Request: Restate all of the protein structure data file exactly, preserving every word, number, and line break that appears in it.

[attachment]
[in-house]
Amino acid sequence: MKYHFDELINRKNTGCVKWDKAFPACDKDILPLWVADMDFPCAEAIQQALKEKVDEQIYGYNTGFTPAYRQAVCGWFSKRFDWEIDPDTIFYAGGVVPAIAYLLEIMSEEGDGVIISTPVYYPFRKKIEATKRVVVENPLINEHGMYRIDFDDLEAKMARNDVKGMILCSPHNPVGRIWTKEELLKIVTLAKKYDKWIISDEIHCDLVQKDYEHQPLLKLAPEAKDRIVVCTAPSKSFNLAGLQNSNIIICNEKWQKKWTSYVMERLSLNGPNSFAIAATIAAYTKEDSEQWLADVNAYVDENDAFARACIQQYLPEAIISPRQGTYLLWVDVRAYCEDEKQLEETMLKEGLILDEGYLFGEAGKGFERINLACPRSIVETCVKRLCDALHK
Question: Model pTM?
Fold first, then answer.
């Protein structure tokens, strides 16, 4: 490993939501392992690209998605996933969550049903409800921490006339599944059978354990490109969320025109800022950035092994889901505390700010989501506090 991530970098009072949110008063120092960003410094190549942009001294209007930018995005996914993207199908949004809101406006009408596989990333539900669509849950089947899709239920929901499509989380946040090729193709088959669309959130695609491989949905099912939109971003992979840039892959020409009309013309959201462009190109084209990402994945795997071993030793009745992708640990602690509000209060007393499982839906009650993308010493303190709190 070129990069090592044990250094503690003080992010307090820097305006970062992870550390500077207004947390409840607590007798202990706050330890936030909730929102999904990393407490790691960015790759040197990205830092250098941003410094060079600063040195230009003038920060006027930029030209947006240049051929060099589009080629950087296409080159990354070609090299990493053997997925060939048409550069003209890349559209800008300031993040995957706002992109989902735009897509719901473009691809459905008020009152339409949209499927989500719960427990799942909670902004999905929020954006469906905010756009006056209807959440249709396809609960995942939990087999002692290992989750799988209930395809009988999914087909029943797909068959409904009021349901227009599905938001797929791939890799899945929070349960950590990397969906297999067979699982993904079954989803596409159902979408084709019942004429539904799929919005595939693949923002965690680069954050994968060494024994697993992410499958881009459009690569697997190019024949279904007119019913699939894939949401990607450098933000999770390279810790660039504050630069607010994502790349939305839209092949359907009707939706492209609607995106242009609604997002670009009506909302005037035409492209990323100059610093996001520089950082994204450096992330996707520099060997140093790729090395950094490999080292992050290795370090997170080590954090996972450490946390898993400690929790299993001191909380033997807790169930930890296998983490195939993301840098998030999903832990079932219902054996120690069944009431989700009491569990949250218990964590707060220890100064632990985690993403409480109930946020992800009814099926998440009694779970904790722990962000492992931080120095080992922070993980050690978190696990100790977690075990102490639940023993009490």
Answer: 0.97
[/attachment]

[in-house]
Amino acid sequence: MKYHFDELINRKNTGCVKWDKAFPACDKDILPLWVADMDFPCAEAIQQALKEKVDEQIYGYNTGFTPAYRQAVCGWFSKRFDWEIDPDTIFYAGGVVPAIAYLLEIMSEEGDGVIISTPVYYPFRKKIEATKRVVVENPLINEHGMYRIDFDDLEAKMARNDVKGMILCSPHNPVGRIWTKEELLKIVTLAKKYDKWIISDEIHCDLVQKDYEHQPLLKLAPEAKDRIVVCTAPSKSFNLAGLQNSNIIICNEKWQKKWTSYVMERLSLNGPNSFAIAATIAAYTKEDSEQWLADVNAYVDENDAFARACIQQYLPEAIISPRQGTYLLWVDVRAYCEDEKQLEETMLKEGLILDEGYLFGEAGKGFERINLACPRSIVETCVKRLCDALHK
Question: Model pTM?
Fold first, then answer.
């Protein structure tokens, strides 16, 4: 490993939501392992690209998605996933969550049903409800921490006339599944059978354990490109969320025109800022950035092994889901505390700010989501506090 991530970098009072949110008063120092960003410094190549942009001294209007930018995005996914993207199908949004809101406006009408596989990333539900669509849950089947899709239920929901499509989380946040090729193709088959669309959130695609491989949905099912939109971003992979840039892959020409009309013309959201462009190109084209990402994945795997071993030793009745992708640990602690509000209060007393499982839906009650993308010493303190709190 070129990069090592044990250094503690003080992010307090820097305006970062992870550390500077207004947390409840607590007798202990706050330890936030909730929102999904990393407490790691960015790759040197990205830092250098941003410094060079600063040195230009003038920060006027930029030209947006240049051929060099589009080629950087296409080159990354070609090299990493053997997925060939048409550069003209890349559209800008300031993040995957706002992109989902735009897509719901473009691809459905008020009152339409949209499927989500719960427990799942909670902004999905929020954006469906905010756009006056209807959440249709396809609960995942939990087999002692290992989750799988209930395809009988999914087909029943797909068959409904009021349901227009599905938001797929791939890799899945929070349960950590990397969906297999067979699982993904079954989803596409159902979408084709019942004429539904799929919005595939693949923002965690680069954050994968060494024994697993992410499958881009459009690569697997190019024949279904007119019913699939894939949401990607450098933000999770390279810790660039504050630069607010994502790349939305839209092949359907009707939706492209609607995106242009609604997002670009009506909302005037035409492209990323100059610093996001520089950082994204450096992330996707520099060997140093790729090395950094490999080292992050290795370090997170080590954090996972450490946390898993400690929790299993001191909380033997807790169930930890296998983490195939993301840098998030999903832990079932219902054996120690069944009431989700009491569990949250218990964590707060220890100064632990985690993403409480109930946020992800009814099926998440009694779970904790722990962000492992931080120095080992922070993980050690978190696990100790977690075990102490639940023993009490």
Answer: 0.97